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The term “limelight” is used to describe an oxycalcium light. It is also used refer to someone who is in the public eye, as a result of the widespread use of oxycalcium lights in theaters when they were first introduced. Actors and public officials are often said to be in the limelight, especially if they are facing heavy public criticism. Theater spotlights are called “limes,” a nod to the important role of oxycalcium lights in theater history. The intended usage of the word is usually clear in the context.
In the 1820s, a man named Goldsworthy Gurney discovered a new form of lighting by directing two jets of oxygen and hydrogen at a ball, disc, or rod of calcium oxide, also known as lime. The jets of gas were ignited, and heated the calcium oxide to the point where it would begin to emit extremely bright white light. The invention was picked up by Thomas Drummond, who is sometimes mistakenly credited with the invention of the limelight. The concept of heating a material until it emits light, otherwise known as incandescence, is the same principle behind the operation of most modern lightbulbs.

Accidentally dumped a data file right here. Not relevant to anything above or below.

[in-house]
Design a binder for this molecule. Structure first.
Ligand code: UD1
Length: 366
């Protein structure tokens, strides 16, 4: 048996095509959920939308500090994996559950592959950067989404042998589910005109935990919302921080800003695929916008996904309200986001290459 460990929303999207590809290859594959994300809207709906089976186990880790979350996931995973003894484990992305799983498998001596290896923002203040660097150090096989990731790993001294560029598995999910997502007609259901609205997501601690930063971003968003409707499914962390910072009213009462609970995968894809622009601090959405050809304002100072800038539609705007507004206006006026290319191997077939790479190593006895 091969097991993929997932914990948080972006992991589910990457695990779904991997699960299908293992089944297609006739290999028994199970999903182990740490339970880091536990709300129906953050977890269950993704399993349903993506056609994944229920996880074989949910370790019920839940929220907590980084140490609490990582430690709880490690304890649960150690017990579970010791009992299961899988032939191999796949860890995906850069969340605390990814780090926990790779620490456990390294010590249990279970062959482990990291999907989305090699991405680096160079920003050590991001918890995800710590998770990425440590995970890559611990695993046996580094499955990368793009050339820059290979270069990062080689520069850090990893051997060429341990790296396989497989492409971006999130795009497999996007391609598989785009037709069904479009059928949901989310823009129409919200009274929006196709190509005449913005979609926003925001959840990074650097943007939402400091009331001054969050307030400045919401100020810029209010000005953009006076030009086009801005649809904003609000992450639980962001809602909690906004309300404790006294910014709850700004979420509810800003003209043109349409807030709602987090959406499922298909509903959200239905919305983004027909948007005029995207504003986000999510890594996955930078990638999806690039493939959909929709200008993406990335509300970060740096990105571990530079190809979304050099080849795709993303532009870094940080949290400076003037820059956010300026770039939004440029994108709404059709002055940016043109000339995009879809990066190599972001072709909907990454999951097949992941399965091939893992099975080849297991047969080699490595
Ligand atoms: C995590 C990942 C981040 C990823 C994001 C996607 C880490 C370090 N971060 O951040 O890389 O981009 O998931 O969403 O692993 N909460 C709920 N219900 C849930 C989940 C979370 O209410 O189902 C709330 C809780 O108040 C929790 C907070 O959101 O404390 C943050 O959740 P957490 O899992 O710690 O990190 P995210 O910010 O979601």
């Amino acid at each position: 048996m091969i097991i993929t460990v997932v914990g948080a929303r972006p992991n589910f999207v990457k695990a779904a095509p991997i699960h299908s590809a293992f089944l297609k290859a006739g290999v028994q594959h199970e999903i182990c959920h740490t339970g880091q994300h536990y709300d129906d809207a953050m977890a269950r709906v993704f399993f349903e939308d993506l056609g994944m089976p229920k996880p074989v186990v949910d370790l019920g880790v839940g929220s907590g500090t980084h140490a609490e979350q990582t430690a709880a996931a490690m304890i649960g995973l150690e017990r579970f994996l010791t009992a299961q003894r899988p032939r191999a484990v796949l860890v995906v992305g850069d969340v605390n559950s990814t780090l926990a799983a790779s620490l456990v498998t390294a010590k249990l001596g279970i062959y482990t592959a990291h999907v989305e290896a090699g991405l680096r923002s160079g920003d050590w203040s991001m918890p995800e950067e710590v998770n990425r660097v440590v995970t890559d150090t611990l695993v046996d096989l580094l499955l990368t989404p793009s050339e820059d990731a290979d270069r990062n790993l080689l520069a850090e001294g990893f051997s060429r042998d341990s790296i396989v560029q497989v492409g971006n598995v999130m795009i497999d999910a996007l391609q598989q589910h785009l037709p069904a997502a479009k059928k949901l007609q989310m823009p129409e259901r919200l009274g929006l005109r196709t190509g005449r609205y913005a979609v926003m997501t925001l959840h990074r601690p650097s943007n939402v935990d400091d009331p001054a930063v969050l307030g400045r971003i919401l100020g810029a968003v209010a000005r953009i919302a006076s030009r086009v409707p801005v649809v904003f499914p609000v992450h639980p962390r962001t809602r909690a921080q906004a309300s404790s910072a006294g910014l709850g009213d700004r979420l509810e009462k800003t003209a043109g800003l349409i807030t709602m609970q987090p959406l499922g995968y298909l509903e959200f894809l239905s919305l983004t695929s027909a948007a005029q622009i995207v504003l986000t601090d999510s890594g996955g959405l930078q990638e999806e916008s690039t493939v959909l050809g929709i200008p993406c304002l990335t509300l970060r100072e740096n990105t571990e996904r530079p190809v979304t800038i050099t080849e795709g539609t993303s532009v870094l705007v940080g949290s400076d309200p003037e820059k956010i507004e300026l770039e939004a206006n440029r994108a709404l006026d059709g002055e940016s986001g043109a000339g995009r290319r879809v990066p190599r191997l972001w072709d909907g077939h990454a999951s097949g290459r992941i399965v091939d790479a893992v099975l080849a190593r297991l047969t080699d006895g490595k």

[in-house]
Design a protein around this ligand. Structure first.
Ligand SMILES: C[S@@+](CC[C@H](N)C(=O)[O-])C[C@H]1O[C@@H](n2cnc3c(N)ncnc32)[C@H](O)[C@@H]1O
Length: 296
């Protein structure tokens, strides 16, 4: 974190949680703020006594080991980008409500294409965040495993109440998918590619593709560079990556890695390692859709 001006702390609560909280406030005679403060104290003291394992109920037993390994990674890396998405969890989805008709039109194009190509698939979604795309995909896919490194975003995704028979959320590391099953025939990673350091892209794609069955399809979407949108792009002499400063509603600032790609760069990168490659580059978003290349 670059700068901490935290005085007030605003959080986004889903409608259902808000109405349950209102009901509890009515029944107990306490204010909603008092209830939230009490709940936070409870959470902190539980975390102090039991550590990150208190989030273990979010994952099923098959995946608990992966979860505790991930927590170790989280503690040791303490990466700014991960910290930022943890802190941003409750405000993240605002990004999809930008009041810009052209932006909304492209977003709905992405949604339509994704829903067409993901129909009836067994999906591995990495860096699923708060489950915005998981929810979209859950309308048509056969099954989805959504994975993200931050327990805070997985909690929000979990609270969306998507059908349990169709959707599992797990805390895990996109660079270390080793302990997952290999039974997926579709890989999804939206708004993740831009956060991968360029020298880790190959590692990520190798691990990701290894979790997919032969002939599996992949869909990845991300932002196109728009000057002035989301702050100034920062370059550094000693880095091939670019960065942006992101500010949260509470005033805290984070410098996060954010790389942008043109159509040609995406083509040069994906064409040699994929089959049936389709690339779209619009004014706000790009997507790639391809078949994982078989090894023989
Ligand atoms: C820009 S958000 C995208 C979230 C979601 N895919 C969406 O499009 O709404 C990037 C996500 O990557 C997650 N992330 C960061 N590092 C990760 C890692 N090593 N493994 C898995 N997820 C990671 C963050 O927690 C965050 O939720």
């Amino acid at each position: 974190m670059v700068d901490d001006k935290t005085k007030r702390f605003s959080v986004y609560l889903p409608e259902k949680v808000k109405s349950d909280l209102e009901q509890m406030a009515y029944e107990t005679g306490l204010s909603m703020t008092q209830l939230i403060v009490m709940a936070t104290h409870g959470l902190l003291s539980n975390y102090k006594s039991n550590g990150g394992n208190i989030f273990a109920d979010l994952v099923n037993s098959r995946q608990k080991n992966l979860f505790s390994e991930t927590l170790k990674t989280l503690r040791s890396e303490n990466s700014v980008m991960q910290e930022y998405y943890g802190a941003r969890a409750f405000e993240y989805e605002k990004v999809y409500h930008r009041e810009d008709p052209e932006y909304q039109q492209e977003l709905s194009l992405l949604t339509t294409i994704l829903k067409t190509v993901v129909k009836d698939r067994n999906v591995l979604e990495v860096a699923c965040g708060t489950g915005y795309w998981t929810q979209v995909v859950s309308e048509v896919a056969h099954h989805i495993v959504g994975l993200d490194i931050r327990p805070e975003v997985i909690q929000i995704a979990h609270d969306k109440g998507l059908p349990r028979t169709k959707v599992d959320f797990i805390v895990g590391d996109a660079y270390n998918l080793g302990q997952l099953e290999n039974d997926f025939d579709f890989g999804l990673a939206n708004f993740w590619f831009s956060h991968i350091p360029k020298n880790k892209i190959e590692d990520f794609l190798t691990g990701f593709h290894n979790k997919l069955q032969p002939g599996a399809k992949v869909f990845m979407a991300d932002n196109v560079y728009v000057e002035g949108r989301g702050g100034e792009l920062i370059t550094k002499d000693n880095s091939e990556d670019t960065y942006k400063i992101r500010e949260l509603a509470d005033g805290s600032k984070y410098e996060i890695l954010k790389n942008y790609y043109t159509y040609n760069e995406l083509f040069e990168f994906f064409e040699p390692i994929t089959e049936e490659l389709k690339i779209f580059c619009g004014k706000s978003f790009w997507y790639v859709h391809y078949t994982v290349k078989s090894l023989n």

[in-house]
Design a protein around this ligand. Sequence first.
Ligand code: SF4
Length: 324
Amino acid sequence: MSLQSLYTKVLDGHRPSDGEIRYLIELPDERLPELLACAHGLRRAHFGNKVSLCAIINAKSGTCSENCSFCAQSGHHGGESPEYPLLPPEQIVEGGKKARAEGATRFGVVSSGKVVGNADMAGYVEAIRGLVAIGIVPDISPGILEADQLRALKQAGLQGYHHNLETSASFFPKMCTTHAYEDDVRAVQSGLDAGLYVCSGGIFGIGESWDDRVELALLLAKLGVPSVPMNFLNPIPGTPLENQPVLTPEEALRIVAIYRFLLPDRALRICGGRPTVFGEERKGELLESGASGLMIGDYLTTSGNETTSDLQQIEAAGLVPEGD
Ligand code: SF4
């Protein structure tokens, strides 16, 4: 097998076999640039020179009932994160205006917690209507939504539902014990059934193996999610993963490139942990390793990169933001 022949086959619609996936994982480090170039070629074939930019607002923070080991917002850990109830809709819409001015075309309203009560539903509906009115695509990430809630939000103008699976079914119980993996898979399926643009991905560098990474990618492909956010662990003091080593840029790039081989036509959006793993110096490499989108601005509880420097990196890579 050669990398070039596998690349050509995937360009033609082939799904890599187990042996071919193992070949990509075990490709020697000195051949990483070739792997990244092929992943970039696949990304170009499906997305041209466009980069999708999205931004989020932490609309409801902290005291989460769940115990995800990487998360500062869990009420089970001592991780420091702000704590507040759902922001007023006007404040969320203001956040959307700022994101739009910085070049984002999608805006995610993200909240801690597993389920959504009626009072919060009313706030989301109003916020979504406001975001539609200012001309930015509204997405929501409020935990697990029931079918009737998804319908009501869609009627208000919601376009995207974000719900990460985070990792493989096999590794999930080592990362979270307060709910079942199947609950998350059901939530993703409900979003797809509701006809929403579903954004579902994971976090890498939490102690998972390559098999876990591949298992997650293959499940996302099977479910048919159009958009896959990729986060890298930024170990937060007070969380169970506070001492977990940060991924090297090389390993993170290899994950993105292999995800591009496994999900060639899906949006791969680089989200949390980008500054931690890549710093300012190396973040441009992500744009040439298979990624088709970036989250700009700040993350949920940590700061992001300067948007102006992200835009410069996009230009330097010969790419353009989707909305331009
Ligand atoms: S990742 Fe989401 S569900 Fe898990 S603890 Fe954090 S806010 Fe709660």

Drummond could see that there were a number of potential applications for limelight illumination systems. Because of the high visibility, the light could be used on lighthouses and for other outdoor work such as surveying. But it could also be used indoors, and was readily adopted by theatres, since it lit up the stage extremely well. Actors and actresses would jockey for positions on stage so that they would be in the limelight, clearly illuminated and visible to the audience.
The idea of being “in the limelight” entered popular slang, and quickly came to describe anyone who was under the public eye. Celebrities, politicians, public officials, and others are often subjected to almost uncomfortably close scrutiny. They are said to be in the limelight because the scrutiny resembles a glaring white light, revealing all flaws of character and conduct. Not everyone is capable of withstanding the pressure of close examination.
Although theaters no longer use oxycalcium lights, the concept of the limelight and limes is retained as part of the rich cultural tradition of theatrical performance. Most actors and actresses on stage and screen understand the term, and also appreciate being in the bright light of a spotlight, or lime. The limelight is most closely associated with theatrical performances because of the implied romance of acting in the 19th century, when limelights were used extensively in theatres.
when people refer to the "limelight", does this connect to limes (as in fruit)? Was lime juice ever used to make "lime light"? Thank you! --tvzw
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